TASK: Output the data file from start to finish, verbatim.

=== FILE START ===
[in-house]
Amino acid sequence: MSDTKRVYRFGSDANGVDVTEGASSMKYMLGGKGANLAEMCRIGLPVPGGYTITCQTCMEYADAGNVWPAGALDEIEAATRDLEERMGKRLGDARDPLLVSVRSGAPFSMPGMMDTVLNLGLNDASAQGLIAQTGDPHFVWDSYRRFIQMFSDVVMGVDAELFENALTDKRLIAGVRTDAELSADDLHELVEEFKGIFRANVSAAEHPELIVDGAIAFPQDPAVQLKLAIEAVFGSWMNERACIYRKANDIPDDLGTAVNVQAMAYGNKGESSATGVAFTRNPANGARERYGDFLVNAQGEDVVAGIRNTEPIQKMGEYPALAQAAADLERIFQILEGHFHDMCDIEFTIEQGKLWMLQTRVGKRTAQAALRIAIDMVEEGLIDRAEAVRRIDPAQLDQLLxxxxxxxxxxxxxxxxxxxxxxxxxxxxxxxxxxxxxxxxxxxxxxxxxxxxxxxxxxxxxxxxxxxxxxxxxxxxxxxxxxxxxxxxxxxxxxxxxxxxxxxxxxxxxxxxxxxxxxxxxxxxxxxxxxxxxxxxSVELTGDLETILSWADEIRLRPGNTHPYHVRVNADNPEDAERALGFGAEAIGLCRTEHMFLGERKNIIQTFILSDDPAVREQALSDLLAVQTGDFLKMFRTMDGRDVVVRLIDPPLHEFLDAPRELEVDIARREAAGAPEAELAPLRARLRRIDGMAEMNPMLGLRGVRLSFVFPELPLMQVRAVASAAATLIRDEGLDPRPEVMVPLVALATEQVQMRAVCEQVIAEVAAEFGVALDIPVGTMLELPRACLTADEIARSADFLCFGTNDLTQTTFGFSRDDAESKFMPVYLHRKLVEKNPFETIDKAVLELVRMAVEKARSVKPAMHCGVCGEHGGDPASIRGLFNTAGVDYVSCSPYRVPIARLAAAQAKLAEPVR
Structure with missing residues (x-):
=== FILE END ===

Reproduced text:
[in-house]
Amino acid sequence: MSDTKRVYRFGSDANGVDVTEGASSMKYMLGGKGANLAEMCRIGLPVPGGYTITCQTCMEYADAGNVWPAGALDEIEAATRDLEERMGKRLGDARDPLLVSVRSGAPFSMPGMMDTVLNLGLNDASAQGLIAQTGDPHFVWDSYRRFIQMFSDVVMGVDAELFENALTDKRLIAGVRTDAELSADDLHELVEEFKGIFRANVSAAEHPELIVDGAIAFPQDPAVQLKLAIEAVFGSWMNERACIYRKANDIPDDLGTAVNVQAMAYGNKGESSATGVAFTRNPANGARERYGDFLVNAQGEDVVAGIRNTEPIQKMGEYPALAQAAADLERIFQILEGHFHDMCDIEFTIEQGKLWMLQTRVGKRTAQAALRIAIDMVEEGLIDRAEAVRRIDPAQLDQLLxxxxxxxxxxxxxxxxxxxxxxxxxxxxxxxxxxxxxxxxxxxxxxxxxxxxxxxxxxxxxxxxxxxxxxxxxxxxxxxxxxxxxxxxxxxxxxxxxxxxxxxxxxxxxxxxxxxxxxxxxxxxxxxxxxxxxxxxSVELTGDLETILSWADEIRLRPGNTHPYHVRVNADNPEDAERALGFGAEAIGLCRTEHMFLGERKNIIQTFILSDDPAVREQALSDLLAVQTGDFLKMFRTMDGRDVVVRLIDPPLHEFLDAPRELEVDIARREAAGAPEAELAPLRARLRRIDGMAEMNPMLGLRGVRLSFVFPELPLMQVRAVASAAATLIRDEGLDPRPEVMVPLVALATEQVQMRAVCEQVIAEVAAEFGVALDIPVGTMLELPRACLTADEIARSADFLCFGTNDLTQTTFGFSRDDAESKFMPVYLHRKLVEKNPFETIDKAVLELVRMAVEKARSVKPAMHCGVCGEHGGDPASIRGLFNTAGVDYVSCSPYRVPIARLAAAQAKLAEPVR
Structure with missing residues (x-):